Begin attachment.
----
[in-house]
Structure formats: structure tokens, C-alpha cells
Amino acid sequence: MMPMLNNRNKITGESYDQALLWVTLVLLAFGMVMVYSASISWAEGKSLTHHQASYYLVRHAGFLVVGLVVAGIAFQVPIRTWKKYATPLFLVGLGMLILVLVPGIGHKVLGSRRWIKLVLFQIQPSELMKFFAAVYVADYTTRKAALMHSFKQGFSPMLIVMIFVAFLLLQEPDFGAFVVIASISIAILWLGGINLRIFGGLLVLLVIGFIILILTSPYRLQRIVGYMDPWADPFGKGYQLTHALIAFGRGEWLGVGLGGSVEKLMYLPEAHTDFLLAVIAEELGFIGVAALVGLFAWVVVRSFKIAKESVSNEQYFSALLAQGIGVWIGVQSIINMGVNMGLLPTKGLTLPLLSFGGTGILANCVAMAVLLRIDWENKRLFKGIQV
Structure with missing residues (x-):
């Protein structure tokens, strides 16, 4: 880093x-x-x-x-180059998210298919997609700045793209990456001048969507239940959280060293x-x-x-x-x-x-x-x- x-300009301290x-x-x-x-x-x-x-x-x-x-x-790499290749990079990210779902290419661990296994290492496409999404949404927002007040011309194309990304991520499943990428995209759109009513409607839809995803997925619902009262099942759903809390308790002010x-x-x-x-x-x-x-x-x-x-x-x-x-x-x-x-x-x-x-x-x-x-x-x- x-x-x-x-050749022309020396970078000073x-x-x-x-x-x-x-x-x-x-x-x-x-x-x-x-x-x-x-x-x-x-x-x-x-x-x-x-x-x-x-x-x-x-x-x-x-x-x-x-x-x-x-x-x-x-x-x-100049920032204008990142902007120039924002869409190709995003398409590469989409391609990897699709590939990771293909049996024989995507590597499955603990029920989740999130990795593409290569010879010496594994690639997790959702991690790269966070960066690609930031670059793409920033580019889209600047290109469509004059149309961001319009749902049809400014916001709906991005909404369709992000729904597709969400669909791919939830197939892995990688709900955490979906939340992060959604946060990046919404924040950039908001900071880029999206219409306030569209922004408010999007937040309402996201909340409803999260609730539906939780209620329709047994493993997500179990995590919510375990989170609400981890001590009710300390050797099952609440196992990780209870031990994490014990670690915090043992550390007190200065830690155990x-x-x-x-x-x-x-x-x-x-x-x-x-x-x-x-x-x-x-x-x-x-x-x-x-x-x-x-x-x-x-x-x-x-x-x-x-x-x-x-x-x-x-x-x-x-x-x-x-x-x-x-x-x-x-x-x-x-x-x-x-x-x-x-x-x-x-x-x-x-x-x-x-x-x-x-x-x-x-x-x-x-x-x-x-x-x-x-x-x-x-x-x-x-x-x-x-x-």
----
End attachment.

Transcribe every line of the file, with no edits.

[in-house]
Structure formats: structure tokens, C-alpha cells
Amino acid sequence: MMPMLNNRNKITGESYDQALLWVTLVLLAFGMVMVYSASISWAEGKSLTHHQASYYLVRHAGFLVVGLVVAGIAFQVPIRTWKKYATPLFLVGLGMLILVLVPGIGHKVLGSRRWIKLVLFQIQPSELMKFFAAVYVADYTTRKAALMHSFKQGFSPMLIVMIFVAFLLLQEPDFGAFVVIASISIAILWLGGINLRIFGGLLVLLVIGFIILILTSPYRLQRIVGYMDPWADPFGKGYQLTHALIAFGRGEWLGVGLGGSVEKLMYLPEAHTDFLLAVIAEELGFIGVAALVGLFAWVVVRSFKIAKESVSNEQYFSALLAQGIGVWIGVQSIINMGVNMGLLPTKGLTLPLLSFGGTGILANCVAMAVLLRIDWENKRLFKGIQV
Structure with missing residues (x-):
């Protein structure tokens, strides 16, 4: 880093x-x-x-x-180059998210298919997609700045793209990456001048969507239940959280060293x-x-x-x-x-x-x-x- x-300009301290x-x-x-x-x-x-x-x-x-x-x-790499290749990079990210779902290419661990296994290492496409999404949404927002007040011309194309990304991520499943990428995209759109009513409607839809995803997925619902009262099942759903809390308790002010x-x-x-x-x-x-x-x-x-x-x-x-x-x-x-x-x-x-x-x-x-x-x-x- x-x-x-x-050749022309020396970078000073x-x-x-x-x-x-x-x-x-x-x-x-x-x-x-x-x-x-x-x-x-x-x-x-x-x-x-x-x-x-x-x-x-x-x-x-x-x-x-x-x-x-x-x-x-x-x-x-100049920032204008990142902007120039924002869409190709995003398409590469989409391609990897699709590939990771293909049996024989995507590597499955603990029920989740999130990795593409290569010879010496594994690639997790959702991690790269966070960066690609930031670059793409920033580019889209600047290109469509004059149309961001319009749902049809400014916001709906991005909404369709992000729904597709969400669909791919939830197939892995990688709900955490979906939340992060959604946060990046919404924040950039908001900071880029999206219409306030569209922004408010999007937040309402996201909340409803999260609730539906939780209620329709047994493993997500179990995590919510375990989170609400981890001590009710300390050797099952609440196992990780209870031990994490014990670690915090043992550390007190200065830690155990x-x-x-x-x-x-x-x-x-x-x-x-x-x-x-x-x-x-x-x-x-x-x-x-x-x-x-x-x-x-x-x-x-x-x-x-x-x-x-x-x-x-x-x-x-x-x-x-x-x-x-x-x-x-x-x-x-x-x-x-x-x-x-x-x-x-x-x-x-x-x-x-x-x-x-x-x-x-x-x-x-x-x-x-x-x-x-x-x-x-x-x-x-x-x-x-x-x-």